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The Daily Briefing 16/12/2005

By Wayne Sanderson
Created 16/12/2005 - 08:25



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Your round-up [1] from today's newspapers plus the best writing, analysis, critical thinking and humour from around the world.

In today's TDB:
1    National, Opinion, Business round-up [1]



National, Opinion, Business round-up


It's a taxing morning for the papers, which all report that the Federal Government is "under pressure" to deliver tax cuts, none with more gusto than The Australian of course, which reports that business leaders are demanding the Howard Government use its massive budget surplus for structural tax reform [3] instead of another round of "half-hearted" tax cuts. (It would certainly be news if business leaders were not demanding such things.) The Age reports that another round of income tax cuts [4] is at the top of the Federal Government's agenda for next year after confirmation that it is on track to amass more than $40 billion in surpluses on the back of soaring tax collections. Michelle Grattan [5] looks at the tensions between Peter Costello and Malcolm Turnbull and says if there is to be tax reform, it should come after public debate and not simply be delivered from on high in the Budget. The Australian reports that $200m in wrongly collected tax will be repaid [6] to more than 200,000 individuals and businesses after a huge bungle by the Australian Taxation Office.

The Herald is again suffering the impact of strike action, so fewer links from that source, although it does report that hundreds of striking editorial staff at Fairfax newspapers The Sydney Morning Herald and The Sun-Herald have been ordered back to work [7] by the Australian Industrial Relations Commission and will consider their position today.

The Age reports that the Senate's RU486 inquiry has turned to the question at what stage in a pregnancy does the embryo have rights of its own [8] distinct from the mother's right over her body?; that members of an alleged Melbourne terrorist group considered launching bomb attacks [9] to pressure the Federal Government "in pursuit of jihad Australia", a prosecutor said; that the army will undergo its most radical shake-up since World War II [10] with a $1.5 billion reorganisation built around nine heavily equipped "battlegroups" able to fight wars and carry out major peacekeeping operations at short notice anywhere in the world; that the proportion of Australians in custody has increased by 25 per cent [11] over the past decade, according to figures released yesterday by the Australian Bureau of Statistics; and that Justice Brian Martin yesterday urged Bradley John Murdoch to reveal where he buried Peter Falconio's body [12] — then sentenced him to at least 28 years' jail for the murder.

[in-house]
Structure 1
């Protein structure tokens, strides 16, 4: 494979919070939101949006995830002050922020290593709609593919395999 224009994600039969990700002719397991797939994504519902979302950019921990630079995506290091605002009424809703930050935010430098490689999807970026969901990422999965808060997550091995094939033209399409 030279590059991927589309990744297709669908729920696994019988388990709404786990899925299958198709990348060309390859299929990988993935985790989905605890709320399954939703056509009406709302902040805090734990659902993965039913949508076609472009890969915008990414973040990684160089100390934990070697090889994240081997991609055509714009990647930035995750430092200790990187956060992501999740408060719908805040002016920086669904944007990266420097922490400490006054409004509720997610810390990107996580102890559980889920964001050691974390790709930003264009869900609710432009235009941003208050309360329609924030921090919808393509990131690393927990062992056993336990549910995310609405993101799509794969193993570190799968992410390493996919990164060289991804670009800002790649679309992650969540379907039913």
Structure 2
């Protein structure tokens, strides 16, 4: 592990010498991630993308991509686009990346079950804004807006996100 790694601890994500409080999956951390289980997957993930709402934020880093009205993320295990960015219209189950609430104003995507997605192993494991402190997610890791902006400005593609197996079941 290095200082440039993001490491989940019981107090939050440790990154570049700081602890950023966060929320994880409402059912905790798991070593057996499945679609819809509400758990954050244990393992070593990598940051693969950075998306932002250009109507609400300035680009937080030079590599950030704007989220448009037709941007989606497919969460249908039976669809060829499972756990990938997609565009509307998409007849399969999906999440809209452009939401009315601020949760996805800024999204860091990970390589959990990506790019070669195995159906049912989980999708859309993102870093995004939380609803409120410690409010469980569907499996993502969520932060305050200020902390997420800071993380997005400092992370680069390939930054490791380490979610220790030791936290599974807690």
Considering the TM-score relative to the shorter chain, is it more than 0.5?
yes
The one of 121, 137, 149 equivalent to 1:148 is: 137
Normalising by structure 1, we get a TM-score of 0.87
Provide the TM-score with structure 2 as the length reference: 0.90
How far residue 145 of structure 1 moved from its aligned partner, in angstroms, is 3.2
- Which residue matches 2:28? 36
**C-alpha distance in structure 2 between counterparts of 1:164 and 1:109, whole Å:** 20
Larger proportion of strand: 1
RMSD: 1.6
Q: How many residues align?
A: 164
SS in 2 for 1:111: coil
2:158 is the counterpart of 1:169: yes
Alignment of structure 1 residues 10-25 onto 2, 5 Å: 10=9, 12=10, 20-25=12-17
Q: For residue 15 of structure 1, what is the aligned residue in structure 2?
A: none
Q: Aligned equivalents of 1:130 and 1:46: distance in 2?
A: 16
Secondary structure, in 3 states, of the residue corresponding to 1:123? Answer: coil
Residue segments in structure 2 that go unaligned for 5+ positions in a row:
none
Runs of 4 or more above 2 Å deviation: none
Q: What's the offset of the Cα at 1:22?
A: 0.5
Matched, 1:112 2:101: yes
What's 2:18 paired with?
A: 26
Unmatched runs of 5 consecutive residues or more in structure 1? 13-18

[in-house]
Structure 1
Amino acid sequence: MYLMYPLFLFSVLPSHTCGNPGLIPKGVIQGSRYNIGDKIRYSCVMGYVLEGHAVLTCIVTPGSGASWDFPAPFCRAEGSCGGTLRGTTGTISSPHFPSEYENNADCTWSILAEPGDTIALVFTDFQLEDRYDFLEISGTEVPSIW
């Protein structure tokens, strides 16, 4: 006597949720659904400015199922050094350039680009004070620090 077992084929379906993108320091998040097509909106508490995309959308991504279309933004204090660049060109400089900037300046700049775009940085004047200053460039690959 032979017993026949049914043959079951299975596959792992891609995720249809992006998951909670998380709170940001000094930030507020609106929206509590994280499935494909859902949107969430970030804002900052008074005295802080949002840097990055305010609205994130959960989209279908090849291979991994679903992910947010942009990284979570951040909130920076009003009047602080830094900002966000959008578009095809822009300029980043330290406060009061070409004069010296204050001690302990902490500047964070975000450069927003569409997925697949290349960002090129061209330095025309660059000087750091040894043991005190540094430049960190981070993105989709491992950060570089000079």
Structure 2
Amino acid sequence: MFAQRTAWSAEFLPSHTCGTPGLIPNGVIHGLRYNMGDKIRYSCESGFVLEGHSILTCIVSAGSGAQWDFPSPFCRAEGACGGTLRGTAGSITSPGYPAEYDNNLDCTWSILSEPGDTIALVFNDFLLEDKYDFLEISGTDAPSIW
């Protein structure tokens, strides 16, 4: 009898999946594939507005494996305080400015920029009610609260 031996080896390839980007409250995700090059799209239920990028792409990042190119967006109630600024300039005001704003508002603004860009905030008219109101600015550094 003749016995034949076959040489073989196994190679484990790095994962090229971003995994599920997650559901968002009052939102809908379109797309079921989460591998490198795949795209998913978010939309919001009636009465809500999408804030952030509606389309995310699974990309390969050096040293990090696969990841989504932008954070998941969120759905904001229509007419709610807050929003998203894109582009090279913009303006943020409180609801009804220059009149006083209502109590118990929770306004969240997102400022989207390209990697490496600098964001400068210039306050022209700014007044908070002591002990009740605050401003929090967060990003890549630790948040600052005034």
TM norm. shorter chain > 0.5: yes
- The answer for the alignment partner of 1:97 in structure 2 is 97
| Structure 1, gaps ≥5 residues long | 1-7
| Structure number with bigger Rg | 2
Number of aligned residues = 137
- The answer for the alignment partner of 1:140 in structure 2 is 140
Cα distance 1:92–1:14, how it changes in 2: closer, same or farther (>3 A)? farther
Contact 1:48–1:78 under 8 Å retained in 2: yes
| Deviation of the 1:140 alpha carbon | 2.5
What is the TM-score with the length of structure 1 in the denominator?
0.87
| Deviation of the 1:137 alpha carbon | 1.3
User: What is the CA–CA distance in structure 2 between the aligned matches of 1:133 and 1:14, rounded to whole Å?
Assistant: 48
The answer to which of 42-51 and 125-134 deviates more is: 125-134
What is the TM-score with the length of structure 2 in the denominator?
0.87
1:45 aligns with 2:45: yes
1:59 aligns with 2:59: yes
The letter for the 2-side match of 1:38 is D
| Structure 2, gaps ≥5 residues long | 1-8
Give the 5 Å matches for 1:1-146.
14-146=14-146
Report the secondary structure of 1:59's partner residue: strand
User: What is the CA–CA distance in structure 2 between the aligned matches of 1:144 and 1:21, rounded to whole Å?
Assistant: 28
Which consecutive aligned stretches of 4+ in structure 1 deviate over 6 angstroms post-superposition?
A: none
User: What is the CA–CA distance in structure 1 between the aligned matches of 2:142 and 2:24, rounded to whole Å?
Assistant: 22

The Australian reports that scientist Barry Marshall, whose research on stomach ulcers won him a Nobel prize, is claiming up to $US8 million ($10.5 million) in unpaid royalties [13] for a detection device produced by a US company; that South Australia's deadly listeria crisis has exposed a rift in state Government ranks [14], with one senior minister suggesting that a "zero tolerance" policy on food contamination may be "too rigorous" on meat producers; that Arabic community members say they have been targeted in a spate of race attacks [15] that have reportedly included women having their veils torn off; and that Cronulla's beaches might be divided into sections [16] to remove some of the tensions that erupted into mob violence this week; and that prosecutors are considering criminal charges [17] against a high-profile lawyer, a former senior police officer and a now-disgraced adviser to the Victorian police commissioner over misappropriation of funds allegations involving a Melbourne millionaire.